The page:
Arrived late Tuesday night. Woken slowly by sharp white sunshine streaming through the curtains and this was it – the first day of my annual adventure.
I went high into the Bes Parmak mountains to gather labdanum sap for my perfumes, because I love the scent and any excuse to fill my soul with the scent – a balsam pine like opening, then moves into a warm, earthy tar with touches of Scottish oakmoss after rain. To me it has a hint of animal, but in truth it is a fleeting mix of all of them.
Made a ladanistirio using leather thongs tied to metal T shaped device to flay the pink Cistus shrubs, breaking the stems and leaves that produce a white sap that hardens into pearl sized dark semi-solid resin beads.IMG_1511
Cistus shrubs are rarely solitary, their flowers have five petals either pink or white; reddish young shoots and green hairy leaves, flowering from February onwards until later in the summer.
Despite the profuse naturally occurring Cistus right on mountain tops in blazing sun, it was too early in the season to flay. At the end of May would be a better time this year as although plants had the sharp resinous scent they didn’t produce enough of white sap as I needed.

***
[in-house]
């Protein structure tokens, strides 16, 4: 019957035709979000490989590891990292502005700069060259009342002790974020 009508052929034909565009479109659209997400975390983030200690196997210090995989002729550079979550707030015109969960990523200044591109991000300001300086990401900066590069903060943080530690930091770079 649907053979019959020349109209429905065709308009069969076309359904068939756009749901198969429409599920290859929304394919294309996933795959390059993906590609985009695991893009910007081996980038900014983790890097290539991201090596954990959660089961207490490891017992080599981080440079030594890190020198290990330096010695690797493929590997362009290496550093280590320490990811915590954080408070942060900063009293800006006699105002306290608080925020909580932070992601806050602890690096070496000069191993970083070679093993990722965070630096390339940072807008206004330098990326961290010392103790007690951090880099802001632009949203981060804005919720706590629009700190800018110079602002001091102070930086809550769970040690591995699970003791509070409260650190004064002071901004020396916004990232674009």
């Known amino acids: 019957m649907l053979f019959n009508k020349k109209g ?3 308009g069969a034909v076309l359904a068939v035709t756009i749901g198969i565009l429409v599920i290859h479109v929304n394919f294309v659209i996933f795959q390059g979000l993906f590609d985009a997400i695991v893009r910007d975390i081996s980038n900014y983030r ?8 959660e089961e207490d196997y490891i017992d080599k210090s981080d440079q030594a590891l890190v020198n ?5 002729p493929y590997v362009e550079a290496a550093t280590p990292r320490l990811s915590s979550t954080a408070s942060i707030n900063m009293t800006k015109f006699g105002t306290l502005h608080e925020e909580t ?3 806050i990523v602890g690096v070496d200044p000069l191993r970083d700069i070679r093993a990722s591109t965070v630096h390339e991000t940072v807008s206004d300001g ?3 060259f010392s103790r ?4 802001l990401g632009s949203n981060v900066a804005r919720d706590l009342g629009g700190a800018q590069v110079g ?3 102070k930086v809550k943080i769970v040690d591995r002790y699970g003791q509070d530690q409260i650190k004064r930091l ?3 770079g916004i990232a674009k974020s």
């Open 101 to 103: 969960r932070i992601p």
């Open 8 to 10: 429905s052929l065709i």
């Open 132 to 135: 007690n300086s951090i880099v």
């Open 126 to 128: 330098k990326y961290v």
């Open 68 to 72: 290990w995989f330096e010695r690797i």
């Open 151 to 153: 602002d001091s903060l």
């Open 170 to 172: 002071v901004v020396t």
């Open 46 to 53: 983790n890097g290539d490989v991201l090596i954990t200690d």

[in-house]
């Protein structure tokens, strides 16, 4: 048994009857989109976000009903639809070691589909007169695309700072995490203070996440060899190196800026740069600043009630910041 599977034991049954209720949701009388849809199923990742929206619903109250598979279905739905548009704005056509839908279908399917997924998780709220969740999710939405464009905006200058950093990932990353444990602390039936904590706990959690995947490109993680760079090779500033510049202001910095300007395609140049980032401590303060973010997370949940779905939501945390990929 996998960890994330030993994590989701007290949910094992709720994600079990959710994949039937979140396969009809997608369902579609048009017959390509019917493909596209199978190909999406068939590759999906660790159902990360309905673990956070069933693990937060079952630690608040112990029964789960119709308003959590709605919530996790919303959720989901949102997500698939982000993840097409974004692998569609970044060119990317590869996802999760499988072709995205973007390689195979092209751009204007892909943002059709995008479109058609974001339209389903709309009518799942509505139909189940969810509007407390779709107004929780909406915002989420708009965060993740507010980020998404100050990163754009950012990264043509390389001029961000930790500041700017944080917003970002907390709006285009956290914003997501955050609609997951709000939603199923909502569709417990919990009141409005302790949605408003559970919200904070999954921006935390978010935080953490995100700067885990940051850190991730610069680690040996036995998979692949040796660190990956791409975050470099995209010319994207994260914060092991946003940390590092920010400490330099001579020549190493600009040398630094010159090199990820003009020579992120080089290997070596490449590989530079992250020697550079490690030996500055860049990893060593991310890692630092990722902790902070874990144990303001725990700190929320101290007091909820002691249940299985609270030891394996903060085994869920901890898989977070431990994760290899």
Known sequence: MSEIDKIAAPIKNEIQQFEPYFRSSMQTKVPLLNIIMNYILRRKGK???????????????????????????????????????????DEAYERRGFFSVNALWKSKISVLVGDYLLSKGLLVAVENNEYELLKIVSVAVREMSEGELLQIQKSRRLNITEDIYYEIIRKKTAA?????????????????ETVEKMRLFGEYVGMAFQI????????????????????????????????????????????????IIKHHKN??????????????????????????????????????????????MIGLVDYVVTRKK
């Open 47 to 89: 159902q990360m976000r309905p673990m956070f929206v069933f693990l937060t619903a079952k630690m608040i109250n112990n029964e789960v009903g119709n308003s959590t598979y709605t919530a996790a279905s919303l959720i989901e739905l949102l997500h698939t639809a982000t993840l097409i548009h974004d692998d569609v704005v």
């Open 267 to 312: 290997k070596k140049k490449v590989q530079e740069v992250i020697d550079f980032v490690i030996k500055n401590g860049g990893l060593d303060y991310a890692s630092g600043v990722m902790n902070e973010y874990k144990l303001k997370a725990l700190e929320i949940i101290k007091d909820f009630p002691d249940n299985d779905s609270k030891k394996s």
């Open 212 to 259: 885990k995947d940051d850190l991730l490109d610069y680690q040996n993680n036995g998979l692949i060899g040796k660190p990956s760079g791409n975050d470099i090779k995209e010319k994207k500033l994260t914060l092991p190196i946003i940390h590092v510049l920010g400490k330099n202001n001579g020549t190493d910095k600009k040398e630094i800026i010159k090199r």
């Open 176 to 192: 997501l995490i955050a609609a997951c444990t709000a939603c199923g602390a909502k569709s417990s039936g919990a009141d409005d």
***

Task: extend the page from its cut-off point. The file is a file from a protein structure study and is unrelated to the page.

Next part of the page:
Cut some Cistus to distil later in the week as semi dried plant material. As I cut the plants the scent was beautiful and had all the complex scent I know and love.
The resin was traditionally collected from the beards and thighs of goat that gazed on the cistus shrubs. The resin was used to treat various ailments such as menstrual problems, rheumatism, and common colds.
Today, the resin is mainly used in the designer perfume industry and obtained by boiling the leaves and twigs, by solvent extraction, or rarely by steam distillation – nowhere near as exciting as climbing through the mountains, flaying the shrubs or chasing goats with a nitcomb to collect the resin pearls!